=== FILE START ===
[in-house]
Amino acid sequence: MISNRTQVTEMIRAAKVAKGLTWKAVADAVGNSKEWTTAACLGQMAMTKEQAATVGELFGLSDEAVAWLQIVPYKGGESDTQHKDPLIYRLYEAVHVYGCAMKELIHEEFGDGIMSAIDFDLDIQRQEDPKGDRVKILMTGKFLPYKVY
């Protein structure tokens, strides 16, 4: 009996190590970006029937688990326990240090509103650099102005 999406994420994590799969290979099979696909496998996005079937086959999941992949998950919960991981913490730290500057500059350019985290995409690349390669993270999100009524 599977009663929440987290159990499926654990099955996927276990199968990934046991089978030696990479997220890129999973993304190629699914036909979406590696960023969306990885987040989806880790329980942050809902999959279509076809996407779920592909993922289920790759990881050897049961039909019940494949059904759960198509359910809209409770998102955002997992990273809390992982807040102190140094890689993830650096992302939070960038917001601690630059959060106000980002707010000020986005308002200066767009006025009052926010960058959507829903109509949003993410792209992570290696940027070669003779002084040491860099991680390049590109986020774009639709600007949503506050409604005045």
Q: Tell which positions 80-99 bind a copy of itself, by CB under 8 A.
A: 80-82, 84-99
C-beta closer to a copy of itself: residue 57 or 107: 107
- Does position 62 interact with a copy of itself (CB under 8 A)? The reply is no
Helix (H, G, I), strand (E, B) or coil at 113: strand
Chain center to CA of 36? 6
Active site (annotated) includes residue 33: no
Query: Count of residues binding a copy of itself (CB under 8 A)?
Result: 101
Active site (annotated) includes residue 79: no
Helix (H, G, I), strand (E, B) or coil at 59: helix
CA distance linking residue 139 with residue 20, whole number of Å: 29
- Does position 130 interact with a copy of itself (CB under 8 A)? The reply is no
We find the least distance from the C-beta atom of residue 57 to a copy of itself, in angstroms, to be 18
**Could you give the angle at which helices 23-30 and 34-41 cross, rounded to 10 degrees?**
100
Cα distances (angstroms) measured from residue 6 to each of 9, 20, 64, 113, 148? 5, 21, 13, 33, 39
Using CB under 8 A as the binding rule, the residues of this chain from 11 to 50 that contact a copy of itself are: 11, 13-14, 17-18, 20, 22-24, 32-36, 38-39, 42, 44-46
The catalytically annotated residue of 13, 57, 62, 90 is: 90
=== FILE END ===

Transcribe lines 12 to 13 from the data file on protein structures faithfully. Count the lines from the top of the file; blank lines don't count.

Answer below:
Result: 101
Active site (annotated) includes residue 79: no